That these greedy idiots are working at cross-purposes makes them easy gulls for Volpone’s schemes, all of which are aimed at cynically exploiting in others the very vices he most relishes in himself. Wearing avarice and lechery as naturally as the furry auburn velvets in which costumier Martin Pakledinaz has cloaked her, Carroll seems more badger than fox as she huddles in Volpone’s lair. She’s looking increasingly like Orson Welles when she dons whiskers these days, but that just makes her a more formidable guardian of the glowing piles of gold secreted beneath Volpone’s floorboards.

Perhaps inevitably, being pretty much restricted to bed while feigning illness, Carroll ends up being the least animated person on the premises, but she still manages to mine the character’s snarling machinations and feverish moans for plenty of laughs. She comes late to the evening’s most uproarious scene—the moment in a courtroom when all her opponents are briefly cooped up together, furiously flapping and squawking and pecking—which means she’s not there when King’s nearsighted buzzard gets an almost minute-long laugh simply by staring at Carey’s ample (breast-of-peacock?) bosom.

Fortunately, Carroll works neatly in tandem with the larcenous proxy that Jonson provided for his hero—the parasitic Mosca (Wallace Acton), who lives up to a name meaning “gadfly” by buzzing obsequiously around each of Volpone’s visitors, busily fingering plumes that sprout from his cap like feathery antennae. Acton is sublimely funny whether struggling in Carroll’s smothering embrace or pontificating at his master in a dunce-cap-and-cape outfit that briefly makes him look like Mickey Mouse in Fantasia’s “Sorcerer’s Apprentice” segment. Their fraud-preparing téte-a-tétes are delicate exercises in restrained giddiness, yet neither performer slights the menace that inflects the characters’ crooked schemes.

Anthropomorphism isn’t the only trick the director has up his sleeve. Prop jokes abound, from the scales-of-justice seating that designer McLane provides for the courtroom’s matched pair of judges, to the cape-accidentally-turned-skirt that provides a kicker for a cross-dressing sequence. And if Volpone’s hermaphrodite, eunuch, and dwarf have been reduced to singing sight gags by cuts in the script, they truly are hilarious ones. Rick Hammerly, so perfect as Bette Davis last season at MetroStage, makes a fetching Shakespearean debut in goatee and bra as Androgyno. Charles Gray gamely swivels Castrone’s testosterone-deprived hips (they’re huge, inflated by billowy bloomers). And in a randy-dwarf role that might easily have descended into stereotype, pint-size Mark Povinelli is such a high-kicking, appealingly winsome find that it’s easy to imagine height-challenged nontraditional casting becoming a one-man vogue at area stages.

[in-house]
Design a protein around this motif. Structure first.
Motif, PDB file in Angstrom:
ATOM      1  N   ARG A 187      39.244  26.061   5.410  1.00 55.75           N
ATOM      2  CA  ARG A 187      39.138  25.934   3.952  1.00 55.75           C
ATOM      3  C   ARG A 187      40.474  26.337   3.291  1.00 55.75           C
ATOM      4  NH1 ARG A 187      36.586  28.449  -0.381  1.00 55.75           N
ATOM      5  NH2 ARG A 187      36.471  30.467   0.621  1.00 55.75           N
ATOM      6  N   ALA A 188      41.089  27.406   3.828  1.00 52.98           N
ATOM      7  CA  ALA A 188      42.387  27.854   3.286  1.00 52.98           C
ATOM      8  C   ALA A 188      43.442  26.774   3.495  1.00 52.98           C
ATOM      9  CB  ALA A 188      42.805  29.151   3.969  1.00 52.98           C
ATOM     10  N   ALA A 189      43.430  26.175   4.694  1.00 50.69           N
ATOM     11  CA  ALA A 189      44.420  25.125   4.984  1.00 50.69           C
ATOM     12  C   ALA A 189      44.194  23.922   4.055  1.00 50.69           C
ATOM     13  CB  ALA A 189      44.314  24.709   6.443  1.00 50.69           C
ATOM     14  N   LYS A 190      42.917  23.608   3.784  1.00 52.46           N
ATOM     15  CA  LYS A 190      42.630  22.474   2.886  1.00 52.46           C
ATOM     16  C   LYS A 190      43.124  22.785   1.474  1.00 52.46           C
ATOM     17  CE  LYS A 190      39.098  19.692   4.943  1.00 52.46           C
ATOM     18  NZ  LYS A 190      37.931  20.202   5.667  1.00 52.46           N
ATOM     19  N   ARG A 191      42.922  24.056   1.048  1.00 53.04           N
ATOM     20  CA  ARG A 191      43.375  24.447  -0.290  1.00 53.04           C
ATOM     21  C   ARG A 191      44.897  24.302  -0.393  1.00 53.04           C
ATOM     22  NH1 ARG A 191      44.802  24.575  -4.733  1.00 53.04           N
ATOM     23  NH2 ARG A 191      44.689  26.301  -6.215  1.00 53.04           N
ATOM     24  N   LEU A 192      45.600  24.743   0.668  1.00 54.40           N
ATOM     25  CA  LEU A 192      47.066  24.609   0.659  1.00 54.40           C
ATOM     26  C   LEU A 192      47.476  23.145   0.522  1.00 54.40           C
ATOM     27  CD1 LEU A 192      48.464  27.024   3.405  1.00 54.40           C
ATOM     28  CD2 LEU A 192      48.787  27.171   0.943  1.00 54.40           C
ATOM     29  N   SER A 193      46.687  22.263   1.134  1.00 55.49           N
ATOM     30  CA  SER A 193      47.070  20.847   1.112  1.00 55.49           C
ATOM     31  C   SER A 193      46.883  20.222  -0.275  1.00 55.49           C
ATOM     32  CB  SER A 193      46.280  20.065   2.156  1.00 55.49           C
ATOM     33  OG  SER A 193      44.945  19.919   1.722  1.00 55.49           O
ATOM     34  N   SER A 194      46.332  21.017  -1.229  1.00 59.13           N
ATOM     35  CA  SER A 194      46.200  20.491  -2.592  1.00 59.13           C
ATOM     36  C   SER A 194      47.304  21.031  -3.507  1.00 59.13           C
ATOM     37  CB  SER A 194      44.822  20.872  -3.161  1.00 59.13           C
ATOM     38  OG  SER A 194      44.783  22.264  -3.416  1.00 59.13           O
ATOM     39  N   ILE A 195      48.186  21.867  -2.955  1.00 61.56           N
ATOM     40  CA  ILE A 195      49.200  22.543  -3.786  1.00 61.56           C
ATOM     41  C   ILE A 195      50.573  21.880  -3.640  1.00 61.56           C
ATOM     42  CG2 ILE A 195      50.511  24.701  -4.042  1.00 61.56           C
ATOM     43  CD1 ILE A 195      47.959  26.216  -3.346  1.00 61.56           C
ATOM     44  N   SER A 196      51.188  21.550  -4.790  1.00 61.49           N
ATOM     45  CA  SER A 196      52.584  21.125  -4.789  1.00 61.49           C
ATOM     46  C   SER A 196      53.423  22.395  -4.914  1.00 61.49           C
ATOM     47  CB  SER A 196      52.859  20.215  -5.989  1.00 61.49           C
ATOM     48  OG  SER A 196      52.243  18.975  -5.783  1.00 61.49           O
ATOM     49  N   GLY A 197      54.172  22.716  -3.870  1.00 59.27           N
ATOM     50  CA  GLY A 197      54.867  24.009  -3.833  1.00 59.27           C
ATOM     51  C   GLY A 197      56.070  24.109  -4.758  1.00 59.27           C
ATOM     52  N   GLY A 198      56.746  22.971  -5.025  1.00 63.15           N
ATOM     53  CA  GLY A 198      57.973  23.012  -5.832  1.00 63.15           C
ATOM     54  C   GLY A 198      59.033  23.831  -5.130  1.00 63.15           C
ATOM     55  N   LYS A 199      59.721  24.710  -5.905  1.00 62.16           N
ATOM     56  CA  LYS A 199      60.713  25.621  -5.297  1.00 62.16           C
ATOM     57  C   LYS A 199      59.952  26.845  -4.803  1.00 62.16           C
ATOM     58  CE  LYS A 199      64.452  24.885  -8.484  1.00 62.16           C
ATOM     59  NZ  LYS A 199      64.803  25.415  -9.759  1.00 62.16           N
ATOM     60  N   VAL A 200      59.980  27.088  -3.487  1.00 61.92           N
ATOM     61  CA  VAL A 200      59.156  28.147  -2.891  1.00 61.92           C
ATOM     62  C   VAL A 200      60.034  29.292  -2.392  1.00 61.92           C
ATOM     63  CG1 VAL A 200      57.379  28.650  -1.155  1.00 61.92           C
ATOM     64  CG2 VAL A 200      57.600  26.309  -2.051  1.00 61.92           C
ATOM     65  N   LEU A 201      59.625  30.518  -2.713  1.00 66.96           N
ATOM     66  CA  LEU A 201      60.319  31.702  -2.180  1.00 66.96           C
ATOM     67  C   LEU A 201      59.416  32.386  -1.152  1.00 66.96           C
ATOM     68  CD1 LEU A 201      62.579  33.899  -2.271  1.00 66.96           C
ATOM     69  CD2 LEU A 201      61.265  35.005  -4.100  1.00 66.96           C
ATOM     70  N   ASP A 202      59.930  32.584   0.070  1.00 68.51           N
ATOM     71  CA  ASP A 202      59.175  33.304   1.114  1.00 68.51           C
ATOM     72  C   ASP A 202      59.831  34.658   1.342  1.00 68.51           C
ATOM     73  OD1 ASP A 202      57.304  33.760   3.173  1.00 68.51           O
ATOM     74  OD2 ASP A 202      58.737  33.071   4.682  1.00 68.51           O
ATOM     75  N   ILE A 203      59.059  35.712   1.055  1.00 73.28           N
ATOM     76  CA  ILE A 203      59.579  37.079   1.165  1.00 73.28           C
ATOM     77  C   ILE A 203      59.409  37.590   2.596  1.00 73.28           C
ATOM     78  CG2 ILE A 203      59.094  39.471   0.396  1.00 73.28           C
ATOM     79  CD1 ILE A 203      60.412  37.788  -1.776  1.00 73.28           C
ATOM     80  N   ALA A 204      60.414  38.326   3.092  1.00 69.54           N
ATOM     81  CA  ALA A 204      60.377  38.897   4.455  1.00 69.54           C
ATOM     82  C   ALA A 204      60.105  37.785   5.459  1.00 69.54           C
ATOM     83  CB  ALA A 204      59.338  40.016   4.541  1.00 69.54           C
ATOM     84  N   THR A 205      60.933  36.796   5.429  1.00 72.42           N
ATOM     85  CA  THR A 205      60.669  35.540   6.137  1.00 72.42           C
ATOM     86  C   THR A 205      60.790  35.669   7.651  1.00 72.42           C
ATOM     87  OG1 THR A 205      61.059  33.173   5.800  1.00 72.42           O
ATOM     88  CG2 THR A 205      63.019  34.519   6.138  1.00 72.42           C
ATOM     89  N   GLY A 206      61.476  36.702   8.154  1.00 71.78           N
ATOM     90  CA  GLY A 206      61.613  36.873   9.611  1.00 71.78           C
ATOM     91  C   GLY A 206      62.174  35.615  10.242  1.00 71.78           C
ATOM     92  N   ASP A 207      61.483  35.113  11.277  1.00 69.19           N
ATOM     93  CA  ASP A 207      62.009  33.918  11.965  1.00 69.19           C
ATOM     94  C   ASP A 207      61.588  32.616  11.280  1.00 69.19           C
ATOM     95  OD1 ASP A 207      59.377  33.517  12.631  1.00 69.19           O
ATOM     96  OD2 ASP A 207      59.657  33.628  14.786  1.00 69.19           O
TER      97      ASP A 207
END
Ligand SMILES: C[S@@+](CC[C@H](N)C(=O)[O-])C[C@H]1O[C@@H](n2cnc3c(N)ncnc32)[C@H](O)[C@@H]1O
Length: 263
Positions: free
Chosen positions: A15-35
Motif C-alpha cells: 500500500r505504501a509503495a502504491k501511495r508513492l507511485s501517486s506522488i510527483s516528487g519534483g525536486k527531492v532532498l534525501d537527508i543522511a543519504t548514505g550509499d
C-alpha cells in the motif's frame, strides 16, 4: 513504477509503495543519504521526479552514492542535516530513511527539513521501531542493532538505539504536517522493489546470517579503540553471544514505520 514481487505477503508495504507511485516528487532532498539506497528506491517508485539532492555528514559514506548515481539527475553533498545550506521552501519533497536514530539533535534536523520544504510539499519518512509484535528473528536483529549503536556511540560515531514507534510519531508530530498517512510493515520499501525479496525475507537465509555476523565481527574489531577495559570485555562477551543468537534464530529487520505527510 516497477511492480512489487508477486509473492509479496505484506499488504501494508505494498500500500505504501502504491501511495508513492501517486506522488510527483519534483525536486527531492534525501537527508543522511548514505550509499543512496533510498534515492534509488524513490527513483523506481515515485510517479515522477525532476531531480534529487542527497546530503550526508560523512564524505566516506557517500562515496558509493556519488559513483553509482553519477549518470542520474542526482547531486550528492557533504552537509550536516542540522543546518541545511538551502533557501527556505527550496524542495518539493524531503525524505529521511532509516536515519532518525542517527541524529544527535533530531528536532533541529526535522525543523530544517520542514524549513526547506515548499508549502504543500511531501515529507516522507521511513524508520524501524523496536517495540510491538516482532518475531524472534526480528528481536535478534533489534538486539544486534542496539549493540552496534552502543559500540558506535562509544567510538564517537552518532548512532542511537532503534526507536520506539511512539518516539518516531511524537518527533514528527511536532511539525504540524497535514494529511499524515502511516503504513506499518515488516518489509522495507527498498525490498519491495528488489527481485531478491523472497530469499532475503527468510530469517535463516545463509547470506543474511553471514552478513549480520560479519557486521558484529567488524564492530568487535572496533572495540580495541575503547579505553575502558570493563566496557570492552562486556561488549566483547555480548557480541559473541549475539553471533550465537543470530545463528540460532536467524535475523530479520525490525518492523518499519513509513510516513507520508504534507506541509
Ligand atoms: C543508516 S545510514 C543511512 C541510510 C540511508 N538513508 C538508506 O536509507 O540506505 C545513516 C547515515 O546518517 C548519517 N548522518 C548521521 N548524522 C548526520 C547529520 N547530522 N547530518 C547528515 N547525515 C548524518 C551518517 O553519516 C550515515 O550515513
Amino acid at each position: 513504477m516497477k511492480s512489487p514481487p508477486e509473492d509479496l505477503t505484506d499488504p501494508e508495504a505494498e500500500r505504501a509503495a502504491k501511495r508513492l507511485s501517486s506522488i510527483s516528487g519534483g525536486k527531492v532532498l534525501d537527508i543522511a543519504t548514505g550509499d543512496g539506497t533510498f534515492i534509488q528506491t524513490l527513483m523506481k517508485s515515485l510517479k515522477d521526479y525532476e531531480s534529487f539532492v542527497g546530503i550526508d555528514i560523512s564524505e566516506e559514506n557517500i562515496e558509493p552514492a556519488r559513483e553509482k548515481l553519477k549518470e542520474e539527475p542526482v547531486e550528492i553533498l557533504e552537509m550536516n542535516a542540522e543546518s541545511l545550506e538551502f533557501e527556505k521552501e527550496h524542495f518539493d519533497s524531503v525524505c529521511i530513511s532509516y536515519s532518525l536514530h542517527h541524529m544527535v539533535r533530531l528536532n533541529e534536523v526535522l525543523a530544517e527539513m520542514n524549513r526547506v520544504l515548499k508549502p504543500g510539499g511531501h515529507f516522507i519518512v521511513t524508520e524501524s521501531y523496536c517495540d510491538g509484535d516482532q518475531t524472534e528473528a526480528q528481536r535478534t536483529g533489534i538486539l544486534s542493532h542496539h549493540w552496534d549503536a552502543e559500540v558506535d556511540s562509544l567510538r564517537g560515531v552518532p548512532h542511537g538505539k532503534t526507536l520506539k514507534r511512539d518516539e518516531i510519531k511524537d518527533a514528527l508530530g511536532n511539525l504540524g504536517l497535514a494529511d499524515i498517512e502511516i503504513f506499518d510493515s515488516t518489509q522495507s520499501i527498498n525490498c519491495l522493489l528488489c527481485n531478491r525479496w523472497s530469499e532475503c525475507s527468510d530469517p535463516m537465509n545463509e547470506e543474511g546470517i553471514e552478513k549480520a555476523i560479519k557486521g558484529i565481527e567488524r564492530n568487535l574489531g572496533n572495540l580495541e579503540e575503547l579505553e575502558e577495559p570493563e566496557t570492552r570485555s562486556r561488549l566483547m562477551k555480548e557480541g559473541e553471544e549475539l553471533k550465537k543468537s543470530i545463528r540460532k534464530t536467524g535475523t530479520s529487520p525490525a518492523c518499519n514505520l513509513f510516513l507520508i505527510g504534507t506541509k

Howell Binkley’s crisp, space-defining lighting, Karma Camp’s showbizzy choreography, and Catherine MacDonald’s cartoon-inspired music are also sure assets, marshaled by Shakespeare Theater artistic director Kahn with a surprisingly elated, uncharacteristically Woolly Mammothish flair. Perhaps dealing with Jonson, a less sacrosanct author than the company’s namesake—albeit one who was a 17th-century buddy of the Bard’s—has liberated him. Perhaps Kahn just got a kick out of working with a script so rife with plummy caricatures that he could stylize the hell out of it. Whatever. A slight attenuation in its middle stages notwithstanding, the production flies. If the company didn’t have to mount its annual Free-for-All at Carter Barron in a couple of months, it could doubtless run Volpone through the summer.CP